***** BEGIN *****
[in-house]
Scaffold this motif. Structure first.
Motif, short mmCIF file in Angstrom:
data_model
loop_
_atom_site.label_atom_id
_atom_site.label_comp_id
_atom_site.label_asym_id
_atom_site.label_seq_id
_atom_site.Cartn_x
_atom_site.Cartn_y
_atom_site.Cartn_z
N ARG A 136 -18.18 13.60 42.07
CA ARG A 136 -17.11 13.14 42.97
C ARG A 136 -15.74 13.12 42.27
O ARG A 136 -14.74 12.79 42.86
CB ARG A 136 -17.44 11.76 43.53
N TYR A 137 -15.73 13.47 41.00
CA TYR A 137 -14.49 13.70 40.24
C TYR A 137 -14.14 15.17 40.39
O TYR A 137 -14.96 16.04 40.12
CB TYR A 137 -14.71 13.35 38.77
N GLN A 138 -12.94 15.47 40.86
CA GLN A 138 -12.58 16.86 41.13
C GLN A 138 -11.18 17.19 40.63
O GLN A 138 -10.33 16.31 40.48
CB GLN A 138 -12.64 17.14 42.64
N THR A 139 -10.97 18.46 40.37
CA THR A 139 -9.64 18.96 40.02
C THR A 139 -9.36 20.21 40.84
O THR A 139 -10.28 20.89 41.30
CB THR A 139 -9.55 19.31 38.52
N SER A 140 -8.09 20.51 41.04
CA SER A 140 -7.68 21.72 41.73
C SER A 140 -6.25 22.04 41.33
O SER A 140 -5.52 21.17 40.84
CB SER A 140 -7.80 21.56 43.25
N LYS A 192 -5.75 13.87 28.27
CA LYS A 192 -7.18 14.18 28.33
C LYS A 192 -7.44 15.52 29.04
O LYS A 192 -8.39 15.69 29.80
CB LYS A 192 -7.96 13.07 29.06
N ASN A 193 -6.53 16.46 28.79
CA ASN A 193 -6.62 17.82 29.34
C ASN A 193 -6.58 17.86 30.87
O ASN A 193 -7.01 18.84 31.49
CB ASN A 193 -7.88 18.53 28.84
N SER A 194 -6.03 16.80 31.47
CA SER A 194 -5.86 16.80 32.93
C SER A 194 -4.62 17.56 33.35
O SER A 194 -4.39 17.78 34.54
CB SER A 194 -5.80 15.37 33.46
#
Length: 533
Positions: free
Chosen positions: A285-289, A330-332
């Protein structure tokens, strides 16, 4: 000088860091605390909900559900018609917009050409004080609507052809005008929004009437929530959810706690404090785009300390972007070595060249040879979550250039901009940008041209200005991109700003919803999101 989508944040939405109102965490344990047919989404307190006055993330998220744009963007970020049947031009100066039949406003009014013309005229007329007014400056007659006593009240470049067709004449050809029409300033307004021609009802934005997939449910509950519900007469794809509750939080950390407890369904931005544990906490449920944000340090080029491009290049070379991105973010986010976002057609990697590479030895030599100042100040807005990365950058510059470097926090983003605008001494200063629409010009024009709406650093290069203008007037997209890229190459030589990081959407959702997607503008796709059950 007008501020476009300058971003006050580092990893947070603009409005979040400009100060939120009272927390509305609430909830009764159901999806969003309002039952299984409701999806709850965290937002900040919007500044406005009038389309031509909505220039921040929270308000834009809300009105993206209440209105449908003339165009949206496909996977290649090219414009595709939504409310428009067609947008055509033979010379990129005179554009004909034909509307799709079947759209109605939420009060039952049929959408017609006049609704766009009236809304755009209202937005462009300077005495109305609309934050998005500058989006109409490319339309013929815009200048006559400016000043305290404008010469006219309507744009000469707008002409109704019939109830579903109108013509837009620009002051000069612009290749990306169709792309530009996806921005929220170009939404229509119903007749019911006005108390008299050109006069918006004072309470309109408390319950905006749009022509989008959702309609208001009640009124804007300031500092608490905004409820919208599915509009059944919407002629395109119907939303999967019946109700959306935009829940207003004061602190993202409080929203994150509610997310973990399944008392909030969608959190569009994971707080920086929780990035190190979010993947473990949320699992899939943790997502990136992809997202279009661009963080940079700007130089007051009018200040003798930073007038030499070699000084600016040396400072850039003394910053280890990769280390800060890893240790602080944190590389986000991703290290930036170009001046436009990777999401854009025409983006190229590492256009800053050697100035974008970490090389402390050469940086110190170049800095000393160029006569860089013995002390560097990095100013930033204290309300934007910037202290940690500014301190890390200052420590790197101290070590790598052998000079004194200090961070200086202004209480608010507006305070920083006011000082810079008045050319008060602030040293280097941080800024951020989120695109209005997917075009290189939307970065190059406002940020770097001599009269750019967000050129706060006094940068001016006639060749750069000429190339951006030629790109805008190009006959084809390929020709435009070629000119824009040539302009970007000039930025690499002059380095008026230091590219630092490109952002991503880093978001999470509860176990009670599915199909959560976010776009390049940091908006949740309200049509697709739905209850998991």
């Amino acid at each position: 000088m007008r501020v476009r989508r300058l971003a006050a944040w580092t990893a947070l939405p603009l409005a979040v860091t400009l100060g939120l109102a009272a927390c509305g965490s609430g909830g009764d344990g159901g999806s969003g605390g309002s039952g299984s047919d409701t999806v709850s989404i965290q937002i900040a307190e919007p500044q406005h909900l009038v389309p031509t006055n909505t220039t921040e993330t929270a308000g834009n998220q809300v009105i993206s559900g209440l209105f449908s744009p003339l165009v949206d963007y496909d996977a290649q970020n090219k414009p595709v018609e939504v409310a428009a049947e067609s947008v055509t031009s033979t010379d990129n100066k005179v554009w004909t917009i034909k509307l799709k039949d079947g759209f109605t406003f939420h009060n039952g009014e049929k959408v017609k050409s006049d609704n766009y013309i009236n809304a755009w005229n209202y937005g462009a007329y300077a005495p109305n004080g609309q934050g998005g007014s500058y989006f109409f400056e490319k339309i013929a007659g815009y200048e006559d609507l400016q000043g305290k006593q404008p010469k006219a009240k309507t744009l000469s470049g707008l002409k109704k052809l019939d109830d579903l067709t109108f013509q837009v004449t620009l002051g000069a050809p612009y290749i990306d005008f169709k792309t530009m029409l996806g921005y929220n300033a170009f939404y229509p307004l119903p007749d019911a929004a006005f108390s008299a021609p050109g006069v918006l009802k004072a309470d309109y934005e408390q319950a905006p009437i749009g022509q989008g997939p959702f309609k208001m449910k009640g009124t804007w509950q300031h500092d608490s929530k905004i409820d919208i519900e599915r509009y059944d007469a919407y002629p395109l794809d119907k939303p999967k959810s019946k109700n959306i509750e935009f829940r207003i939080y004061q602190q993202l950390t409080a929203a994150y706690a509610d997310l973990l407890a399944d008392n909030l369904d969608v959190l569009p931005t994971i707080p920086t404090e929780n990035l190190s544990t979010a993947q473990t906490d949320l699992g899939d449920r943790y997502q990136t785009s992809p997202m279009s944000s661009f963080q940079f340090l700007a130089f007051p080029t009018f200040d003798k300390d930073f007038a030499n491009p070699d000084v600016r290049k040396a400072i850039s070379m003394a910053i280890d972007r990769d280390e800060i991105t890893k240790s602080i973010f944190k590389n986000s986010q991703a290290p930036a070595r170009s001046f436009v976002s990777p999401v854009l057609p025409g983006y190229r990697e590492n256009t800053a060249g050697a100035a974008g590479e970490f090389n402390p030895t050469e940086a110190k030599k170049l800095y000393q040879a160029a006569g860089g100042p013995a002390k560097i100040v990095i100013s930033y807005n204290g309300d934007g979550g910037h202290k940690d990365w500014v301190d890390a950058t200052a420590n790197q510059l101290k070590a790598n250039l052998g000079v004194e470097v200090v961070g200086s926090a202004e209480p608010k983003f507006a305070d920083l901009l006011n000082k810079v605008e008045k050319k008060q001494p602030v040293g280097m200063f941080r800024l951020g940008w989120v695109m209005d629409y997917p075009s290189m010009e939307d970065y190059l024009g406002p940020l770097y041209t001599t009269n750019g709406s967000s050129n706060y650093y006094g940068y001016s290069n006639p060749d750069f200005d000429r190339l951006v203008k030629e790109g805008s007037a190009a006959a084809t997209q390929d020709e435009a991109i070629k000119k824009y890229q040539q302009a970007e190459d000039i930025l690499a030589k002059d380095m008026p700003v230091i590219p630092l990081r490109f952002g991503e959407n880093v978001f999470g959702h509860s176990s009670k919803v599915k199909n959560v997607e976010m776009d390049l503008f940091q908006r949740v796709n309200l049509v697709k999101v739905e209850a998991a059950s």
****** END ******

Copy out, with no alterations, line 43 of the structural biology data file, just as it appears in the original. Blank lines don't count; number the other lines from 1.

N ASN A 193 -6.53 16.46 28.79